�I can�t say that I�m winning,� Raymond sighed, dumping out the rest of his coffee into the hedge.  �But I think I�ll make it through the year.�

�That�s all any of us can ask for.�

�I suppose so,� Raymond seemed begrudged to reply.

�We could always find a little room for you somewhere in the market,� Jonas smiled, watching how energetically the little bird hopped from crumb to crumb, pecking at the larger crusts with its beak until they broke loose into a more manageable size.

�That�s a nice thought and all, but I think it might be a little hard for me to set up an auto shop out there.�

�You�d be surprised at what some people are able to do in such a small space.�

�I�m sure I would.�

Due to a mild riot that had recently broken out in the city, the marketplace was especially crowded by the time Jonas arrived.  Holding his briefcase by his side, he fell in line with the forward motion of the crowd.  �Come on, make me feel better about this,� Jonas thought as he fought his way over to his booth on the sidewalk.  Officers mounted on horseback trotted up and down the streets, cautiously nodding at the vendors as they passed.  An extra set of barricades had been set up on both sides of the street, forcing the crowd that much closer to the center.  �Make it seem easy,� Jonas said aloud, comforted by the fact that the furor of the crowd deafened his words.  Suddenly, if only for a moment, the entire crowd seemed to stand completely still, the officers were gone, the heat from the distant fires was unfelt, and the sunlight fell just right on his jewels.  Then the wind blew and everything was as it had been before, with the mounted officers struggling to control the collective panic of the crowd, the smoke from perpetual fires stinging his eyes, people pushing and pulling and screaming, demanding things he would never know, though the conviction in their voices connoted a cause which he could not help but to understand.  The young daughter whose duty it was to relay fresh trays back and forth from her sister�s oven to the street had a hard time moving through the crowd with a hot tray held high above her head.  When Jonas saw the bread, he felt inclined to smile as he thought about the birds.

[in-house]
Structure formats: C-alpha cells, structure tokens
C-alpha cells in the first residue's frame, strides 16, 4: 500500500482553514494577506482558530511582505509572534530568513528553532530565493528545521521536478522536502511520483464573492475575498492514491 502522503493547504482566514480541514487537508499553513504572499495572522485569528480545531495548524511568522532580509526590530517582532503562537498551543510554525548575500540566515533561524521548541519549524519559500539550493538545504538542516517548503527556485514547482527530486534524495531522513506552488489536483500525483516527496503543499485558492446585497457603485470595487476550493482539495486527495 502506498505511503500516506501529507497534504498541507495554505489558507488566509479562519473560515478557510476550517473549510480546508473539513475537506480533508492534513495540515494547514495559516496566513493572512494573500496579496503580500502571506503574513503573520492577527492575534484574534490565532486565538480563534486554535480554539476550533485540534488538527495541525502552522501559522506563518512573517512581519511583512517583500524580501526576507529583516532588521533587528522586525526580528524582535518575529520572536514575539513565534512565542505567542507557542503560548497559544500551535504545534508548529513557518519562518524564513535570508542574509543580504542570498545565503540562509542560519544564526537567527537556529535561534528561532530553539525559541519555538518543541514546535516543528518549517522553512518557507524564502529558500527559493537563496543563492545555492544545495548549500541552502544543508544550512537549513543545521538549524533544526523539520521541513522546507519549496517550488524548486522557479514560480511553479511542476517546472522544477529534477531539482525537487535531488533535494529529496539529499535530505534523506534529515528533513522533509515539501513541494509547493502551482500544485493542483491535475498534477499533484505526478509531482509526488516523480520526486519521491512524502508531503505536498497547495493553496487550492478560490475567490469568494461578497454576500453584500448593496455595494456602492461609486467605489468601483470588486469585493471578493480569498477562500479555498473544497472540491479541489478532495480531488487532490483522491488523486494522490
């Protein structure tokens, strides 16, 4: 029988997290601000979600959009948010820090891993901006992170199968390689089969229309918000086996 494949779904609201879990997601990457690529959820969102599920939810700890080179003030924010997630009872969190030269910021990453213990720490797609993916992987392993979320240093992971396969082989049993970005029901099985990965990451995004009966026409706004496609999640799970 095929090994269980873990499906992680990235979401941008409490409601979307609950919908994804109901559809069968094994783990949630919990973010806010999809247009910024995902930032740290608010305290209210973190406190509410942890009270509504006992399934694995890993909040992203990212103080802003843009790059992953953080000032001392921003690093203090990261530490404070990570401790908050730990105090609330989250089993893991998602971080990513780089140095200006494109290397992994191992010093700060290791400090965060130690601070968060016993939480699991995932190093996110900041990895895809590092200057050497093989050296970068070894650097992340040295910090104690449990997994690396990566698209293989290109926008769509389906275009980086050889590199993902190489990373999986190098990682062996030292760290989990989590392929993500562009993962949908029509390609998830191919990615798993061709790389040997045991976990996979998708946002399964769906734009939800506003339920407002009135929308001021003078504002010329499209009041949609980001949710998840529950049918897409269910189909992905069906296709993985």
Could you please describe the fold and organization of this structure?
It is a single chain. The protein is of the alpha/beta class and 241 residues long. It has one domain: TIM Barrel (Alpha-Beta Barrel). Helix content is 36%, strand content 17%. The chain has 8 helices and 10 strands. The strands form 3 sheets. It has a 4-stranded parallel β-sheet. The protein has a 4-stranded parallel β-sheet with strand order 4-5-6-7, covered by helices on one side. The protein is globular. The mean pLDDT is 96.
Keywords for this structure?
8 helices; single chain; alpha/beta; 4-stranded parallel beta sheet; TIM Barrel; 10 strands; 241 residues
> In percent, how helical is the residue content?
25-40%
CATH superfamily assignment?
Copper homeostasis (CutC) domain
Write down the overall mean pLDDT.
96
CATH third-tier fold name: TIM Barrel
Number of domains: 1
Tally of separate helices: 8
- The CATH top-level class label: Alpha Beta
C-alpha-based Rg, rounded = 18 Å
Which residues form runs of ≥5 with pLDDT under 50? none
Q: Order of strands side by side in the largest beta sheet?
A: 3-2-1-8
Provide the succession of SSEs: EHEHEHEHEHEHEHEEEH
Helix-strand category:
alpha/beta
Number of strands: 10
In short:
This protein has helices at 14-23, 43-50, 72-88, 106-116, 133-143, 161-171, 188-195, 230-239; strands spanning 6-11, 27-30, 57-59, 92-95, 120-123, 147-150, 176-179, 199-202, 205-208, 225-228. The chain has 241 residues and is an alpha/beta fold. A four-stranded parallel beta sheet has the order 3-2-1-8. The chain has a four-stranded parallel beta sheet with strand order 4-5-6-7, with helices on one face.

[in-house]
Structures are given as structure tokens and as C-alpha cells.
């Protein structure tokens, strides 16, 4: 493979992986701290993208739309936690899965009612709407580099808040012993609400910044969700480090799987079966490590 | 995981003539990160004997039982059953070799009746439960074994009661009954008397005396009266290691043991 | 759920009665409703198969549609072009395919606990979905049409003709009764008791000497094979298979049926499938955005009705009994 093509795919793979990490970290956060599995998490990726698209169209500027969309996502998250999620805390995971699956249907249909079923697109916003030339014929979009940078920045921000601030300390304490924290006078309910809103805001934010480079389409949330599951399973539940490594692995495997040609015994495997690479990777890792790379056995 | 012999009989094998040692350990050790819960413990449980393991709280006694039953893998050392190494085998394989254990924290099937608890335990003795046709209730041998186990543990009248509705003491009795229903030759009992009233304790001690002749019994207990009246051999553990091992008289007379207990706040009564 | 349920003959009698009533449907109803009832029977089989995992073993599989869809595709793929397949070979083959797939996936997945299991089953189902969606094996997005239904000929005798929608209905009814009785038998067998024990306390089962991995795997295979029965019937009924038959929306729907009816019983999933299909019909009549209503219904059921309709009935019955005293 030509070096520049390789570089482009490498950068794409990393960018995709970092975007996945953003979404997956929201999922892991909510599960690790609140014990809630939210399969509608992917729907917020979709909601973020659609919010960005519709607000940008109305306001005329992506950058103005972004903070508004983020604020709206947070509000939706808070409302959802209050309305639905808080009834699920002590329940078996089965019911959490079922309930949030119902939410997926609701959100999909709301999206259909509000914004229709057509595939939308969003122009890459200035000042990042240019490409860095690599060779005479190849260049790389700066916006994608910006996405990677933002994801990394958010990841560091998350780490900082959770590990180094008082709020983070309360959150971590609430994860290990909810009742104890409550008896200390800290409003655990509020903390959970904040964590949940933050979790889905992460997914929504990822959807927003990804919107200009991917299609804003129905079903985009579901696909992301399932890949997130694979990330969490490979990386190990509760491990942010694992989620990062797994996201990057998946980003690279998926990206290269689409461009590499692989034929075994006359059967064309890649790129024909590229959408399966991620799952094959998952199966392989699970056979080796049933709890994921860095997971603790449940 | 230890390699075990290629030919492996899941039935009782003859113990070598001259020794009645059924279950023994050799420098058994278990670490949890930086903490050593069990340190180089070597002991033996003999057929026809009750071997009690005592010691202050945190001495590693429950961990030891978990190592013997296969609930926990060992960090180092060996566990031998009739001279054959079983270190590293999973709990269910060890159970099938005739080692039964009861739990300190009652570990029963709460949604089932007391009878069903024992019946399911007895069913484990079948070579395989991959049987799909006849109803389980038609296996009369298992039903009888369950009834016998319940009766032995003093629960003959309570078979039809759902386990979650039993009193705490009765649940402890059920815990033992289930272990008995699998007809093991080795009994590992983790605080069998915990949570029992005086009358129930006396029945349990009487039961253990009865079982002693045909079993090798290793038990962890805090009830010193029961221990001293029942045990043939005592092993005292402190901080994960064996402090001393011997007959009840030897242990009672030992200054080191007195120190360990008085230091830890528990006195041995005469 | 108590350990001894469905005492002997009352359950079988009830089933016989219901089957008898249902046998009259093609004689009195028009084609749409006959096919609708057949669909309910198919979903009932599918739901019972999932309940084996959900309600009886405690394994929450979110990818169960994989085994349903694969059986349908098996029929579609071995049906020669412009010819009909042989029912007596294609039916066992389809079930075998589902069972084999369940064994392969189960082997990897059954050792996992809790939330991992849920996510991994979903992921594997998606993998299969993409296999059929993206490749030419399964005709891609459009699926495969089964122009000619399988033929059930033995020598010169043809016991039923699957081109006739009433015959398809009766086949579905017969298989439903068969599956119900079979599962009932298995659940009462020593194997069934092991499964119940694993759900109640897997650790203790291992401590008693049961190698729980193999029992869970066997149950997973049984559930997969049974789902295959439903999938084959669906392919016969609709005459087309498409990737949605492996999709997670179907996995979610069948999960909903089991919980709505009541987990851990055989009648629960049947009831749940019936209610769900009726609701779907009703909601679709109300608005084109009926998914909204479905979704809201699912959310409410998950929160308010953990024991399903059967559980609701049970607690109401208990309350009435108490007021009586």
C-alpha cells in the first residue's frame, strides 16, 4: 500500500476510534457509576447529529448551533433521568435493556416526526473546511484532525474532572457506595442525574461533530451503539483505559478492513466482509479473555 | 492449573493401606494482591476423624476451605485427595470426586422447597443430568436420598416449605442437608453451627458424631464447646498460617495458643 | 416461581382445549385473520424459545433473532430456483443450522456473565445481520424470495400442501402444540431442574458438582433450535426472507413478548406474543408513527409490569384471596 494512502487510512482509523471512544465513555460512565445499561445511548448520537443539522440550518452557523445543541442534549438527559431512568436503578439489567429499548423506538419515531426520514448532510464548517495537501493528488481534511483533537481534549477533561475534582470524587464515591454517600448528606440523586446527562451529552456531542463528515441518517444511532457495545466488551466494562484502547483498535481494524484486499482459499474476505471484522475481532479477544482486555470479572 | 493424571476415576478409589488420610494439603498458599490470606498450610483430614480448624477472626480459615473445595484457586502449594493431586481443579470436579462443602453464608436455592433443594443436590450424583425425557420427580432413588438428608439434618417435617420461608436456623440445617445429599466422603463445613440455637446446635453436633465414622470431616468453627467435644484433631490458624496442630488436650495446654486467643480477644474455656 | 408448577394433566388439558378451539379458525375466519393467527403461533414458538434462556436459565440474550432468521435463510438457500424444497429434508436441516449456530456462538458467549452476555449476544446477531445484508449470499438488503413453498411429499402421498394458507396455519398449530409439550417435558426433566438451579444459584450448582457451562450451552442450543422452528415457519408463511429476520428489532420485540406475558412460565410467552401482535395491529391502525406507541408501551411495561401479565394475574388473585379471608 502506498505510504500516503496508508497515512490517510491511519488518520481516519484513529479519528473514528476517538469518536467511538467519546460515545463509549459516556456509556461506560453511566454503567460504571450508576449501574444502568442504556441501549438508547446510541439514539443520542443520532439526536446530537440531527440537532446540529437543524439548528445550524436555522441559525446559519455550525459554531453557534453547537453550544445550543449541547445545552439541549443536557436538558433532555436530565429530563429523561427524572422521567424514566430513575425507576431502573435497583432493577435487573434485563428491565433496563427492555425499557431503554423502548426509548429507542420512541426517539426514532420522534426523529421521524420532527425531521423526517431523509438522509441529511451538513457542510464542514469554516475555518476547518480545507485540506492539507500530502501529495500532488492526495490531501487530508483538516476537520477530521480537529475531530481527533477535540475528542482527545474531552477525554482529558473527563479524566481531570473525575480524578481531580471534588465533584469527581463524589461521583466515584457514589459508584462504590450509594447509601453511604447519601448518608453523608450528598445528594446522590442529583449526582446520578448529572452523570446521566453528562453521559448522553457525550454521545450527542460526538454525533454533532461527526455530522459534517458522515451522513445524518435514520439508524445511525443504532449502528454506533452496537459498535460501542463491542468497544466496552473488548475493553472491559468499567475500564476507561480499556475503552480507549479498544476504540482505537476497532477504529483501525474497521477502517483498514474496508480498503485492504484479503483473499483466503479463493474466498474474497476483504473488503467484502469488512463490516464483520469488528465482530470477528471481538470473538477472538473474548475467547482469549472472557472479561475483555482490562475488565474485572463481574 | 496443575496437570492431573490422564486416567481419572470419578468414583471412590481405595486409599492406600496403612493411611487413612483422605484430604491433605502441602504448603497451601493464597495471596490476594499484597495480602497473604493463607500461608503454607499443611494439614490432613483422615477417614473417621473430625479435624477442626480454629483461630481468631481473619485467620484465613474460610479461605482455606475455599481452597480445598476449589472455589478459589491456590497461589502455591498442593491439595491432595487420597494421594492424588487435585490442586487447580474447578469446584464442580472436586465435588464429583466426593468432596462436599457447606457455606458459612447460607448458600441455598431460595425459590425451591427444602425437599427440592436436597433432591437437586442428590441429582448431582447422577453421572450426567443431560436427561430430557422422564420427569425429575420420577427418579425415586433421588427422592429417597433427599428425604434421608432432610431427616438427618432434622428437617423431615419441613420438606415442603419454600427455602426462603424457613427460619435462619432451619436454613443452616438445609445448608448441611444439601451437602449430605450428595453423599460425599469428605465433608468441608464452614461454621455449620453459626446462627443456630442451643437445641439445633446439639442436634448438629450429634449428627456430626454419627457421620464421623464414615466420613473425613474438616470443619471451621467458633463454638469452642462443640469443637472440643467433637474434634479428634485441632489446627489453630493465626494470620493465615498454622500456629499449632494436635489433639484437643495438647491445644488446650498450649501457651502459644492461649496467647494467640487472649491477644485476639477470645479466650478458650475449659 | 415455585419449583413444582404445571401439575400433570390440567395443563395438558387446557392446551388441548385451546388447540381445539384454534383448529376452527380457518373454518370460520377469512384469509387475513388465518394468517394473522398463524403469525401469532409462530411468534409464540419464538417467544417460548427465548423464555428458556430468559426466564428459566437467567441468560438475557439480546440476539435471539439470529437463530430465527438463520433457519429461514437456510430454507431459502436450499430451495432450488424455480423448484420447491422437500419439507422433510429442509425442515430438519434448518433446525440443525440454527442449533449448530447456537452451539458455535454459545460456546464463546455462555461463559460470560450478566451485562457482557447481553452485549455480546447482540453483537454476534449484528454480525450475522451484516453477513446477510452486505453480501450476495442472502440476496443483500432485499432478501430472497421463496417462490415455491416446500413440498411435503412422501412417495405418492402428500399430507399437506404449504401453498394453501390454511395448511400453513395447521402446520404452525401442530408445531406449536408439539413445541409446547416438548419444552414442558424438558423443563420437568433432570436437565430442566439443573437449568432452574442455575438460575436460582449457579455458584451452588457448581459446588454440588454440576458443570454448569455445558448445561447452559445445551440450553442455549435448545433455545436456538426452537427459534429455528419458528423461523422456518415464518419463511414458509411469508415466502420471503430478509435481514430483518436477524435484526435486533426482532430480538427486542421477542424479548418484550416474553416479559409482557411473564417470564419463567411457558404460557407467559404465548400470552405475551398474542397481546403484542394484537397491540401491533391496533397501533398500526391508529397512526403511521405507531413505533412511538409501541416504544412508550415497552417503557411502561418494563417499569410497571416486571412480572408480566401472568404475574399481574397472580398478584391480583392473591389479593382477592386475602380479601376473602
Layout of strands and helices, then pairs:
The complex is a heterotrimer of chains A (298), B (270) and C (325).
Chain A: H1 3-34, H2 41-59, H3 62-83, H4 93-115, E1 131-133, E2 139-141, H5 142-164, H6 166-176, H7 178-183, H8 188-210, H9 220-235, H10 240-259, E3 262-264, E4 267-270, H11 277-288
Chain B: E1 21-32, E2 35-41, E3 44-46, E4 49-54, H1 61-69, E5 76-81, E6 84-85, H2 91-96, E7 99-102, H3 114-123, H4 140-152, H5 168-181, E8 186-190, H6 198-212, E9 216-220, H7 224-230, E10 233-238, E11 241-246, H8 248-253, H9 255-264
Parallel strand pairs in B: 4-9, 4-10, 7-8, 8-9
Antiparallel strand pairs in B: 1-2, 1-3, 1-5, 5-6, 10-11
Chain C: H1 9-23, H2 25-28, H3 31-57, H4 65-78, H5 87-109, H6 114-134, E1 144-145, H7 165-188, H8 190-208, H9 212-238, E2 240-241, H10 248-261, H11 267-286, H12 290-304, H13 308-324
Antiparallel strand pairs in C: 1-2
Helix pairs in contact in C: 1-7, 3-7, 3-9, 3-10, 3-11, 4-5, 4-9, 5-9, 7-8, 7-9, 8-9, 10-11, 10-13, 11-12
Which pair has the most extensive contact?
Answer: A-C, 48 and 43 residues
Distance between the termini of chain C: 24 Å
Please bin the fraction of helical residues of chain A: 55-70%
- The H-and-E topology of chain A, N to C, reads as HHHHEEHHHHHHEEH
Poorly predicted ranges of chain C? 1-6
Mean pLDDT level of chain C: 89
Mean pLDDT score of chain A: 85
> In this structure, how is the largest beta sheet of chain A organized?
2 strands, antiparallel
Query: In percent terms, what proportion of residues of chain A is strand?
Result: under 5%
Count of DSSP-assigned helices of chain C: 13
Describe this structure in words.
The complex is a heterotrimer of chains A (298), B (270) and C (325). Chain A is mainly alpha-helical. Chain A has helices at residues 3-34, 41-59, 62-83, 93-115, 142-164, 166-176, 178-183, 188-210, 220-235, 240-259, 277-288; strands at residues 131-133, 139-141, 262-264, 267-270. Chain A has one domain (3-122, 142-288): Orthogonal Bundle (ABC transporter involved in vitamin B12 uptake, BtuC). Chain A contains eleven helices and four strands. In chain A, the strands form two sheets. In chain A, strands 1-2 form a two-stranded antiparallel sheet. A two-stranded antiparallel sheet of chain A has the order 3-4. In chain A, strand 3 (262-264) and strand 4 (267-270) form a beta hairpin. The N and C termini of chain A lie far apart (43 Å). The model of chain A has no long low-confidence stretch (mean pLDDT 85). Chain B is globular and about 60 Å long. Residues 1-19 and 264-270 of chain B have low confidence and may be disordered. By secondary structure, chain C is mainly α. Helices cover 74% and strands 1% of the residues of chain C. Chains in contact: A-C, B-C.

Chapter Four

The music venue across the street from Jonas� apartment often played host to concerts that lasted late into the night.  Jonas left his window open so he could listen to the music as he organized his stones for the following day, finding something in the deep rhythm and pulse of the music which offered him a fresh insight into their order and arrangement.  Of the crowds that would pour out into the market after each concert, Jonas began recognizing a certain group of kids � though in truth they happened to be in their early twenties � who seemed to have allowed it as part of their ritual to stop off at his booth after each concert they attended.  Jonas could not help feeling suspicious of these kids at first, assuming that they, too, would take one look at the price tag and immediately dismiss his merchandise as inauthentic.  But there was something about this group of kids � he fell into regarding them as such, in light of how they compared to the progress of his own age � something that struck Jonas as kind, curious, and, for lack of a more articulate term, subtle.  Passing his desk lamp over each of the rows, he would first describe at length the properties of each stone, then, following the same order of description, place a stone in the palm of each young hand so that they may practice using their eye as a trusted tool of observation.  If the moonlight happened to be especially bright, and the clouds in the sky had parted past the pale surface of the night, Jonas would turn off his lamp so the moon�s glow could shine uncontested across the stones, extracting from them with this honest illumination a certain presence which must remain impossible to elicit by the guide of an electric light.  The marvel these kids experienced was especially unique because they seemed to show no outward signs of it at all, save for a few scattered sighs of astonishment and approval when Jonas paused to catch his breath after finishing his explanation on the maturation process of gypsum.  It didn�t take long for the other vendors in the market to become jealous of the attention Jonas was receiving from this ever-growing group of concert kids, especially since they seemed to vanish from the streets on the nights when Jonas did not occupy his space in the marketplace.  When he learned of the sudden attention Jonas was earning from the concert crowd, Peter � the man who shared with Jonas his booth in the street, and whose friends had appointed him the name of Pyrite � decided to augment his regular merchandise with falsified reproductions of the very same stones which Jonas presented for sale, believing as he did that no one would be able to tell the difference.  After two weeks without garnering any interest from either the general concert crowd or the group of kids who habitually frequented Jonas�s booth, Peter reverted to selling his usual merchandise with the same lack of success.   

Read Part III here.


Editor's Note: Part I was published on October 11th, and Part III was published on October 25th.

BIO: Dustin Michael-Edward Davenport was born in Kalamazoo, MI on May 11, 1986.  His first novel, Myth of Melody, is in search of wide-spread publication.